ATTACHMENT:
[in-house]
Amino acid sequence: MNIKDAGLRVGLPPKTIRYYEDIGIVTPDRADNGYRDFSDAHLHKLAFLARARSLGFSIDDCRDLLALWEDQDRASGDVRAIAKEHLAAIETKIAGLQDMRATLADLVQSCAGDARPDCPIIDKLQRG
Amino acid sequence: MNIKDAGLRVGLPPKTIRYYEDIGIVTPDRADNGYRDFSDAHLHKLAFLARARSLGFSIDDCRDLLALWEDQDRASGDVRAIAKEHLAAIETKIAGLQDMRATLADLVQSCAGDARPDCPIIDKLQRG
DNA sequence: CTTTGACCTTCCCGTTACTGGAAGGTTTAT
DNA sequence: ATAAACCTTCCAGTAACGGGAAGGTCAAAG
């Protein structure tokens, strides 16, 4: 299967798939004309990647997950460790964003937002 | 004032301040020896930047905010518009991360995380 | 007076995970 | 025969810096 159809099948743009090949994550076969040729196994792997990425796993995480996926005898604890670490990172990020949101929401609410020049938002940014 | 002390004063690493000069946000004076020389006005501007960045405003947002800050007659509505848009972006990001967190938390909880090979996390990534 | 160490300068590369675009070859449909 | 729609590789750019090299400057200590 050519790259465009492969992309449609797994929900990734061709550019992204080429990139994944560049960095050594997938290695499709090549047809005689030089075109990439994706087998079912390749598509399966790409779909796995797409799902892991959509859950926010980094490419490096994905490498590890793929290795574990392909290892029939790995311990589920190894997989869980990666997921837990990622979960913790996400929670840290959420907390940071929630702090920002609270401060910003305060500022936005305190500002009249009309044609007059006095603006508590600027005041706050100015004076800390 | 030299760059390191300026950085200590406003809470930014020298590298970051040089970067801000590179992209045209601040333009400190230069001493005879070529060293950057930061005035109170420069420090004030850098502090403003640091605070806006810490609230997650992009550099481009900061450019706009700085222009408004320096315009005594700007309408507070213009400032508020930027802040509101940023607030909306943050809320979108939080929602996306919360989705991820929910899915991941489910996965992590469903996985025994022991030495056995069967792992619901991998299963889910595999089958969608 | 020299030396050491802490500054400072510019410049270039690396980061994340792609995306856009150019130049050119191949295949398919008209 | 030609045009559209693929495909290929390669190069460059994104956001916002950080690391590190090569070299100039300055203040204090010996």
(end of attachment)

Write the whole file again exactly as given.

[in-house]
Amino acid sequence: MNIKDAGLRVGLPPKTIRYYEDIGIVTPDRADNGYRDFSDAHLHKLAFLARARSLGFSIDDCRDLLALWEDQDRASGDVRAIAKEHLAAIETKIAGLQDMRATLADLVQSCAGDARPDCPIIDKLQRG
Amino acid sequence: MNIKDAGLRVGLPPKTIRYYEDIGIVTPDRADNGYRDFSDAHLHKLAFLARARSLGFSIDDCRDLLALWEDQDRASGDVRAIAKEHLAAIETKIAGLQDMRATLADLVQSCAGDARPDCPIIDKLQRG
DNA sequence: CTTTGACCTTCCCGTTACTGGAAGGTTTAT
DNA sequence: ATAAACCTTCCAGTAACGGGAAGGTCAAAG
């Protein structure tokens, strides 16, 4: 299967798939004309990647997950460790964003937002 | 004032301040020896930047905010518009991360995380 | 007076995970 | 025969810096 159809099948743009090949994550076969040729196994792997990425796993995480996926005898604890670490990172990020949101929401609410020049938002940014 | 002390004063690493000069946000004076020389006005501007960045405003947002800050007659509505848009972006990001967190938390909880090979996390990534 | 160490300068590369675009070859449909 | 729609590789750019090299400057200590 050519790259465009492969992309449609797994929900990734061709550019992204080429990139994944560049960095050594997938290695499709090549047809005689030089075109990439994706087998079912390749598509399966790409779909796995797409799902892991959509859950926010980094490419490096994905490498590890793929290795574990392909290892029939790995311990589920190894997989869980990666997921837990990622979960913790996400929670840290959420907390940071929630702090920002609270401060910003305060500022936005305190500002009249009309044609007059006095603006508590600027005041706050100015004076800390 | 030299760059390191300026950085200590406003809470930014020298590298970051040089970067801000590179992209045209601040333009400190230069001493005879070529060293950057930061005035109170420069420090004030850098502090403003640091605070806006810490609230997650992009550099481009900061450019706009700085222009408004320096315009005594700007309408507070213009400032508020930027802040509101940023607030909306943050809320979108939080929602996306919360989705991820929910899915991941489910996965992590469903996985025994022991030495056995069967792992619901991998299963889910595999089958969608 | 020299030396050491802490500054400072510019410049270039690396980061994340792609995306856009150019130049050119191949295949398919008209 | 030609045009559209693929495909290929390669190069460059994104956001916002950080690391590190090569070299100039300055203040204090010996």